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Digital Subscriptions > Travel Africa > July-September 2019 (87) > FRESH START

FRESH START

While established tourist destinations around the world struggle to cope with too much tourism, some countries emerging from strife are looking to tourism to help kickstart their economies. Sierra Leone is one. So, what does this nascent country have to offer visitors, and what needs to be done to build appropriate infrastructure? It’s an exciting proposition
Musicians perform at a cultural event in Kabala
PHOTOGRAPHS:MARK STRATTON

Vacillating between a circus and self-harm convention, a shirtless performer swallows broken glass whilst another slashes his bloodying tongue before the febrile crowd gasps at a corpse wrapped in calico. “Don’t worry. He’s pretending and will be brought back to life,” smiles Mohammed Marar, coordinating an energetic welcome to Kabala. “What our show is saying is if you have heart you can perform miracles in life.”

If two qualities are required for Sierra Leone’s redemption, it is ‘miracles’ and ‘heart’. From the moment 380 emancipated slaves came ashore in 1787 to lay the foundations for this West African nation it has endured a fraught passage through history. Slavery lingered well beyond abolition in 1807 and thereafter British colonial shenanigans maintained a divided society. After 1961’s independence politicians gorged themselves on diamond wealth before civil war (1991- 2002) shocked the world with its savagery. In 2014, as Sierra Leone staggered to recovery, Ebola struck, claiming 4000 lives.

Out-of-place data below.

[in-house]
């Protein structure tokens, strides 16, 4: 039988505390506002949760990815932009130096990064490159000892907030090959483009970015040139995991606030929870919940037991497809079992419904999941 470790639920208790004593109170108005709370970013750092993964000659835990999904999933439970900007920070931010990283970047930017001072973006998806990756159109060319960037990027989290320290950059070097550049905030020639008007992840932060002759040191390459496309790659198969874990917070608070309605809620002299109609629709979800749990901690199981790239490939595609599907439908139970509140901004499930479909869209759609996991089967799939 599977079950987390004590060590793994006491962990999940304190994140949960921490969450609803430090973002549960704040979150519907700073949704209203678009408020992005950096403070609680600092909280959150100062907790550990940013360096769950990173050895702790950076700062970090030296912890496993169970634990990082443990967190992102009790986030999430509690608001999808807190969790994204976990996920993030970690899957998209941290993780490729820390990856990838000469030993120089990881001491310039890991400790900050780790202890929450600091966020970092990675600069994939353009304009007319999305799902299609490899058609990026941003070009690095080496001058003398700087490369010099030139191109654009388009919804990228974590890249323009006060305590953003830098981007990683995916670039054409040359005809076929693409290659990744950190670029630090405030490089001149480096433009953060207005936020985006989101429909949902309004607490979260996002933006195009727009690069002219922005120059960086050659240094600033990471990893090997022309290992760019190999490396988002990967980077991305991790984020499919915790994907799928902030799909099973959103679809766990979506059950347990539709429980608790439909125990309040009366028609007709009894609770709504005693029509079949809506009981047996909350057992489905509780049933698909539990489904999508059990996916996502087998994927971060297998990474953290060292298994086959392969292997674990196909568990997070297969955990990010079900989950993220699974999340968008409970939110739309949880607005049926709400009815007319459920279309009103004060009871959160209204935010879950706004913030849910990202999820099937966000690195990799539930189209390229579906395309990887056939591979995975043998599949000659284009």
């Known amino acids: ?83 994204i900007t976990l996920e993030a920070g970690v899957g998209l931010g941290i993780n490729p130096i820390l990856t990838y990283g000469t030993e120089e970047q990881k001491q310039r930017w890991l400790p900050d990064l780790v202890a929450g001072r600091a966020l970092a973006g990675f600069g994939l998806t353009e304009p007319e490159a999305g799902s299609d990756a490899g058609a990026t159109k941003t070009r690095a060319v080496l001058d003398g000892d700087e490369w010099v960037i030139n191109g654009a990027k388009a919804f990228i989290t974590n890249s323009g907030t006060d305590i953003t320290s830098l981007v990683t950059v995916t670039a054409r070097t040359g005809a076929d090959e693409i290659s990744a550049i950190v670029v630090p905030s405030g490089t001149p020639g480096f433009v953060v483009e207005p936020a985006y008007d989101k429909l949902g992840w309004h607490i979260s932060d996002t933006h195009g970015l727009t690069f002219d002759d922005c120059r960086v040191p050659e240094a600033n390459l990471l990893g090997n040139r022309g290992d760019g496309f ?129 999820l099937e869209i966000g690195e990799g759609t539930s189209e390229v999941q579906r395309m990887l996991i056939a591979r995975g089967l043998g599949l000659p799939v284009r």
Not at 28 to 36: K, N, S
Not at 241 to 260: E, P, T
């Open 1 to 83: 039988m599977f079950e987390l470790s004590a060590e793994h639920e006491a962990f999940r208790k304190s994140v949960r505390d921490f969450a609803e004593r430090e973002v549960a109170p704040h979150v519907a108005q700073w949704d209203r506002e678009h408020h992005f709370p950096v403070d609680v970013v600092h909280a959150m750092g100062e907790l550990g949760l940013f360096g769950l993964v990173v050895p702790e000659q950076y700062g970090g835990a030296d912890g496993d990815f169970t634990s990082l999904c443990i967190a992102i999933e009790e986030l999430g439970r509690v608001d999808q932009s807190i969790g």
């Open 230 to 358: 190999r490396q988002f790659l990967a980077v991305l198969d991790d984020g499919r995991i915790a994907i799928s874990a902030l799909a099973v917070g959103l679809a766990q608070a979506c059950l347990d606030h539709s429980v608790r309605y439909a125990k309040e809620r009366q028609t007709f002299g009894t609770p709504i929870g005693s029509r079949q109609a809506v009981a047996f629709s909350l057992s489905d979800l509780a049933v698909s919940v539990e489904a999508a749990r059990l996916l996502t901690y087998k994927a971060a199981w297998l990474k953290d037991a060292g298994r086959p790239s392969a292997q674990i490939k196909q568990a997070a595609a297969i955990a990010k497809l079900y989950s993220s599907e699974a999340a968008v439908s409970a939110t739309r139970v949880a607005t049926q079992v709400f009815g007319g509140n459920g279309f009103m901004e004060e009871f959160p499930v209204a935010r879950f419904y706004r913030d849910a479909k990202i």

Now Ebola-free, Julius Maada Bio’s new government is looking towards tourism to revive a depressed economy and mend its shattered reputation. I arrived on a nine-day recce to consider what kind of tourism might evolve?

Looking to the future: “Tourism is a real opportunity to improve our _inancial state and give us a better idea of the world outside,” says the chief from the rural community of Wara-Wara
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